Do extended selves have an experiential unity?
Does the extended mind imply an extended self? In the penultimate paragraph of their groundbreaking essay The Extended Mind (1998), Andy Clark and David Chalmers answered this question in the positive. For them, the extension of mentality beyond the boundary of the skin entails an analogous extension of the self beyond that boundary (p.18). Not only are cognitive states and processes constituted by external components, but agents themselves are best seen as “spread into the world” (p.18).
Although somewhat tangentual to their main argument, this claim by Clark and Chalmers has stirred a significant debate in philosophical circles, a fact hardly surprising given the relevance of the issue both in philosophical and social domains. In her recent article Persons and the Extended Mind Thesis (2009), Lynne Rudder Baker has criticized Clark’s and Chalmers’ bold claim, arguing that the coryphaei of the EM thesis have gone “a step too far” in the direction of extension. Although, Baker claims, we are entitled to view cognitive processes as determined by both internal and external components, the same does not apply to persons. Strictly speaking, there are extended minds and cognitive systems, but there are no such things as extended selves.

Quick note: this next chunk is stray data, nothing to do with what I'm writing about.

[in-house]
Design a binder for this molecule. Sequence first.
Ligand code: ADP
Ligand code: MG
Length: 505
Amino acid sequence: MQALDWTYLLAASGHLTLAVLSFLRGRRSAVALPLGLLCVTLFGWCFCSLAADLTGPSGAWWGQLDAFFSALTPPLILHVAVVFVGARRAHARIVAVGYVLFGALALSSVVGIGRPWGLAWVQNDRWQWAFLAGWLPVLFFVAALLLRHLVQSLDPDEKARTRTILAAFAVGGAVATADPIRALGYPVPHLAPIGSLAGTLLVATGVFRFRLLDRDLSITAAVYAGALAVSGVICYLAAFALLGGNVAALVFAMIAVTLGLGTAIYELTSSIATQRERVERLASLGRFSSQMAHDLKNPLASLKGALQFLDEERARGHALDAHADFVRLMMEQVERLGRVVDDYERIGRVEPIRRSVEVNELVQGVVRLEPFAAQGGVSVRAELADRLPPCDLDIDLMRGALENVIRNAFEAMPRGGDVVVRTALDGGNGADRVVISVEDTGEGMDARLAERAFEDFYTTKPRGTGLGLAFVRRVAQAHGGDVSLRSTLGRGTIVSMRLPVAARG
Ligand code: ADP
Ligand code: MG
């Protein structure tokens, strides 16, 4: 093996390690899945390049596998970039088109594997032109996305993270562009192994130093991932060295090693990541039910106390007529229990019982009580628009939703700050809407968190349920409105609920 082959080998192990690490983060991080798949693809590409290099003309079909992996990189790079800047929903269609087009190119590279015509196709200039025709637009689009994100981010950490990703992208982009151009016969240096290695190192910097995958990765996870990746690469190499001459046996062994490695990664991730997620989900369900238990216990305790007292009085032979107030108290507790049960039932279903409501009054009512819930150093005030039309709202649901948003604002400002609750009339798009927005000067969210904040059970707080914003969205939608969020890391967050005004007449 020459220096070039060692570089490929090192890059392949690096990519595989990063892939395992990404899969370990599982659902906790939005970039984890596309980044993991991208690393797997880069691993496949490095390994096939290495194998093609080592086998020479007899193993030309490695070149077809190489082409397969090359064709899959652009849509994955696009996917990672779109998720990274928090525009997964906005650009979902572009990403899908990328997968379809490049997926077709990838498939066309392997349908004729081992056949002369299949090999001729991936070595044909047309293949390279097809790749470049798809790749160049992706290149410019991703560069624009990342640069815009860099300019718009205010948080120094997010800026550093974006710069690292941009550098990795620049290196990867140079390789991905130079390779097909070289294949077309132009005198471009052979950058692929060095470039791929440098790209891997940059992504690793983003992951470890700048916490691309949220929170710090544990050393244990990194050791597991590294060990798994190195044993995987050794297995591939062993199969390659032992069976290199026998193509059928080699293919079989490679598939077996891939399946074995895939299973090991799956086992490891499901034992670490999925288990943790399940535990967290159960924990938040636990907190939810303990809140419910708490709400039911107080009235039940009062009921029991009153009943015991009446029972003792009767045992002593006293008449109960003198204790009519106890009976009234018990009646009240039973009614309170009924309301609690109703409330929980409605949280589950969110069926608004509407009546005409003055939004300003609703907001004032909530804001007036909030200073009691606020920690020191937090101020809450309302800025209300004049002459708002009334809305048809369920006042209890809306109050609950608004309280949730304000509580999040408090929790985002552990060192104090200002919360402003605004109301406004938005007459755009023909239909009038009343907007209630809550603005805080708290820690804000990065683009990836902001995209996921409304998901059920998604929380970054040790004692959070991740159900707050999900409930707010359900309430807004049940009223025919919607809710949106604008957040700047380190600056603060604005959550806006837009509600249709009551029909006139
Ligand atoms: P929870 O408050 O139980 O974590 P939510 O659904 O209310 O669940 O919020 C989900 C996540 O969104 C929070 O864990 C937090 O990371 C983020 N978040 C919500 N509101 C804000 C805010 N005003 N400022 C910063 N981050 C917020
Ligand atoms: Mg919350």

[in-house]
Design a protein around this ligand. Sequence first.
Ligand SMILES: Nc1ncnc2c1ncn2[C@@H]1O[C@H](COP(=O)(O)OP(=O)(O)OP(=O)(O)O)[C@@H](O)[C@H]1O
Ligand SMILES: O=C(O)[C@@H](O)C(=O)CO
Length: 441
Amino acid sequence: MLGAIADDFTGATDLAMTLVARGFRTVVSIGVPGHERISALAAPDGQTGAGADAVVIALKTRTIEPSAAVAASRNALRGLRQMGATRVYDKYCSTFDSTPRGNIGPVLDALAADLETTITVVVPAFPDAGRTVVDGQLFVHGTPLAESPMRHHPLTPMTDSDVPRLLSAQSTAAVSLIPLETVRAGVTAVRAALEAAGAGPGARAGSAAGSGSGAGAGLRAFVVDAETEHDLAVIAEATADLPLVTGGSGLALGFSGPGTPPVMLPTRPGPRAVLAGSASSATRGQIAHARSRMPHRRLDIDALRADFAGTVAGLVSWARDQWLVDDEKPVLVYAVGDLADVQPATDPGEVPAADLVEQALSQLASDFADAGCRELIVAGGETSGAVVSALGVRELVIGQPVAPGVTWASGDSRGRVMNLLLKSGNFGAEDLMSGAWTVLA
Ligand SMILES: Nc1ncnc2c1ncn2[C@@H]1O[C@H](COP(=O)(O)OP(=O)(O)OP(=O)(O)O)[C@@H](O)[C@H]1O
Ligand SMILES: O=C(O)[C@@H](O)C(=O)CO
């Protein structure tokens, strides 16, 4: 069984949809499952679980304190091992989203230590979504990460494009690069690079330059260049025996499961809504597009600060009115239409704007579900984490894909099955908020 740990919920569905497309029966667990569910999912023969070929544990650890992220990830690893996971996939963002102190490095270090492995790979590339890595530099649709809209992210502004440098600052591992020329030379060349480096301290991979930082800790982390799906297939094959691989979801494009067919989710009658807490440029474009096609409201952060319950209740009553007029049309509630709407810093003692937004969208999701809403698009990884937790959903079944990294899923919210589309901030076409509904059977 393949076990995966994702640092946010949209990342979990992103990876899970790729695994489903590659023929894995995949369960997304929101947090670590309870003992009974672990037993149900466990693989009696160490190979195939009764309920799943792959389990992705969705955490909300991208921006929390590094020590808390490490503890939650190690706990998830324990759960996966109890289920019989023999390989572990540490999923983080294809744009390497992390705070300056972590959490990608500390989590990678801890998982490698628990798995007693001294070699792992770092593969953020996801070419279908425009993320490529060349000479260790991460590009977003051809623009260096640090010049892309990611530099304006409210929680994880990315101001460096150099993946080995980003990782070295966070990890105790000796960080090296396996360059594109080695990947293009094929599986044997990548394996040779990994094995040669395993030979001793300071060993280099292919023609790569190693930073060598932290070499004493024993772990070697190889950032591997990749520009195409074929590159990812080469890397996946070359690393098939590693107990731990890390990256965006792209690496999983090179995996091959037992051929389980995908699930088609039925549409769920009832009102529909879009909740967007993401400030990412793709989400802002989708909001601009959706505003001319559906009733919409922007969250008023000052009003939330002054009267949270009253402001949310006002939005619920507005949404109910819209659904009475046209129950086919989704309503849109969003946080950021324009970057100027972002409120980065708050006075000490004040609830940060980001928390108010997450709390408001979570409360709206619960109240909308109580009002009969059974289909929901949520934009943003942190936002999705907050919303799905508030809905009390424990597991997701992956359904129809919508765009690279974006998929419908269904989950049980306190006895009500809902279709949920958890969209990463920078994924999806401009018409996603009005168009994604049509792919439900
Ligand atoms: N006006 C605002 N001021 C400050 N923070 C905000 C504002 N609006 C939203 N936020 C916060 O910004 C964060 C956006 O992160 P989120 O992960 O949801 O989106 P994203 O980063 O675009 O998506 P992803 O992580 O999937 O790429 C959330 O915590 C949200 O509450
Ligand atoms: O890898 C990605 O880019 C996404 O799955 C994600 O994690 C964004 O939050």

Here, I will sketch the basic arguments proposed by Baker, focusing on her ‘qualms’ against the extended self thesis and her account of persons as constituted by bodies. I will argue that Baker endorses a methodologically cheap variant of internalism, rendering her criticism of “self-externalism” decisively trivial. I will claim that the principle of “bodily constitution”, as proposed by Baker, is not a serious obstacle to externalism, and is widely compatible with all variants of the “extended self” theory. Conclusively, I will argue for a positive answer to the central question: extended minds do imply extended selves. Continue reading
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